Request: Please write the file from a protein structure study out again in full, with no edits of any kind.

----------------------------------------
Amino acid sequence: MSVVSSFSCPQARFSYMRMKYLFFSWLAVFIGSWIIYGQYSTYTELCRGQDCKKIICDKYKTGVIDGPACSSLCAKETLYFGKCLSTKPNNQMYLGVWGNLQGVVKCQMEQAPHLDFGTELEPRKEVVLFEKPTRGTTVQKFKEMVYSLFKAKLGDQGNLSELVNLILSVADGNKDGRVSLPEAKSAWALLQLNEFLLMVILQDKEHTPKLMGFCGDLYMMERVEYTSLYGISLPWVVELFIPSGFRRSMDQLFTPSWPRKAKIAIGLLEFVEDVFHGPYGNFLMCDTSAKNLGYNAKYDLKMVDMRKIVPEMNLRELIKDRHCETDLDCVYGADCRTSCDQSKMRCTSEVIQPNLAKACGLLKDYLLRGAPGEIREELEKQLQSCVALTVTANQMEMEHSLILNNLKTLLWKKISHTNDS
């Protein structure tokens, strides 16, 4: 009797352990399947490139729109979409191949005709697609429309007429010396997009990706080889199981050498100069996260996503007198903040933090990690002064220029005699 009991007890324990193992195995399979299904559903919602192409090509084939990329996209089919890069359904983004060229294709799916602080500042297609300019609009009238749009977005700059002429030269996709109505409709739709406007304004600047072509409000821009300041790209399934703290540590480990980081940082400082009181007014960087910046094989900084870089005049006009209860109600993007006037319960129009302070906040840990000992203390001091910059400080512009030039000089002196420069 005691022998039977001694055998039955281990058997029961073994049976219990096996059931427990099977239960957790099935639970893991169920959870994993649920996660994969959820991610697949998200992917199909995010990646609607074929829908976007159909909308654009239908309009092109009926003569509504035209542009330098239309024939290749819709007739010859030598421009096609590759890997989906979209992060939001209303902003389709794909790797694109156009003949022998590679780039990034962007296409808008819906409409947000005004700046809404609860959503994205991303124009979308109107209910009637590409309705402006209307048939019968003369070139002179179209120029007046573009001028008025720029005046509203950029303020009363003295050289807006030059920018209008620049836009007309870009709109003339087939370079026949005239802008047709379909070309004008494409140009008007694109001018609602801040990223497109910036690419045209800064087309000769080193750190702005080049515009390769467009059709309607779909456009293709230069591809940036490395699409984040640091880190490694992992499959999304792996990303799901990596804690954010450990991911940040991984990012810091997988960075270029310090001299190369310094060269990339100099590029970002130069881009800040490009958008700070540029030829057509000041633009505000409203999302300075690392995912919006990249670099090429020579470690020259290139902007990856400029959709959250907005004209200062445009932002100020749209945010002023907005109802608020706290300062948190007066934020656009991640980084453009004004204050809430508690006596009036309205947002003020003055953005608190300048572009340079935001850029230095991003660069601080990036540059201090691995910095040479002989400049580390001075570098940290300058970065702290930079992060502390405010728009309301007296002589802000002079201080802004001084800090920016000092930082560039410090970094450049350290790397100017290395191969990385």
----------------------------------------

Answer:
Amino acid sequence: MSVVSSFSCPQARFSYMRMKYLFFSWLAVFIGSWIIYGQYSTYTELCRGQDCKKIICDKYKTGVIDGPACSSLCAKETLYFGKCLSTKPNNQMYLGVWGNLQGVVKCQMEQAPHLDFGTELEPRKEVVLFEKPTRGTTVQKFKEMVYSLFKAKLGDQGNLSELVNLILSVADGNKDGRVSLPEAKSAWALLQLNEFLLMVILQDKEHTPKLMGFCGDLYMMERVEYTSLYGISLPWVVELFIPSGFRRSMDQLFTPSWPRKAKIAIGLLEFVEDVFHGPYGNFLMCDTSAKNLGYNAKYDLKMVDMRKIVPEMNLRELIKDRHCETDLDCVYGADCRTSCDQSKMRCTSEVIQPNLAKACGLLKDYLLRGAPGEIREELEKQLQSCVALTVTANQMEMEHSLILNNLKTLLWKKISHTNDS
């Protein structure tokens, strides 16, 4: 009797352990399947490139729109979409191949005709697609429309007429010396997009990706080889199981050498100069996260996503007198903040933090990690002064220029005699 009991007890324990193992195995399979299904559903919602192409090509084939990329996209089919890069359904983004060229294709799916602080500042297609300019609009009238749009977005700059002429030269996709109505409709739709406007304004600047072509409000821009300041790209399934703290540590480990980081940082400082009181007014960087910046094989900084870089005049006009209860109600993007006037319960129009302070906040840990000992203390001091910059400080512009030039000089002196420069 005691022998039977001694055998039955281990058997029961073994049976219990096996059931427990099977239960957790099935639970893991169920959870994993649920996660994969959820991610697949998200992917199909995010990646609607074929829908976007159909909308654009239908309009092109009926003569509504035209542009330098239309024939290749819709007739010859030598421009096609590759890997989906979209992060939001209303902003389709794909790797694109156009003949022998590679780039990034962007296409808008819906409409947000005004700046809404609860959503994205991303124009979308109107209910009637590409309705402006209307048939019968003369070139002179179209120029007046573009001028008025720029005046509203950029303020009363003295050289807006030059920018209008620049836009007309870009709109003339087939370079026949005239802008047709379909070309004008494409140009008007694109001018609602801040990223497109910036690419045209800064087309000769080193750190702005080049515009390769467009059709309607779909456009293709230069591809940036490395699409984040640091880190490694992992499959999304792996990303799901990596804690954010450990991911940040991984990012810091997988960075270029310090001299190369310094060269990339100099590029970002130069881009800040490009958008700070540029030829057509000041633009505000409203999302300075690392995912919006990249670099090429020579470690020259290139902007990856400029959709959250907005004209200062445009932002100020749209945010002023907005109802608020706290300062948190007066934020656009991640980084453009004004204050809430508690006596009036309205947002003020003055953005608190300048572009340079935001850029230095991003660069601080990036540059201090691995910095040479002989400049580390001075570098940290300058970065702290930079992060502390405010728009309301007296002589802000002079201080802004001084800090920016000092930082560039410090970094450049350290790397100017290395191969990385």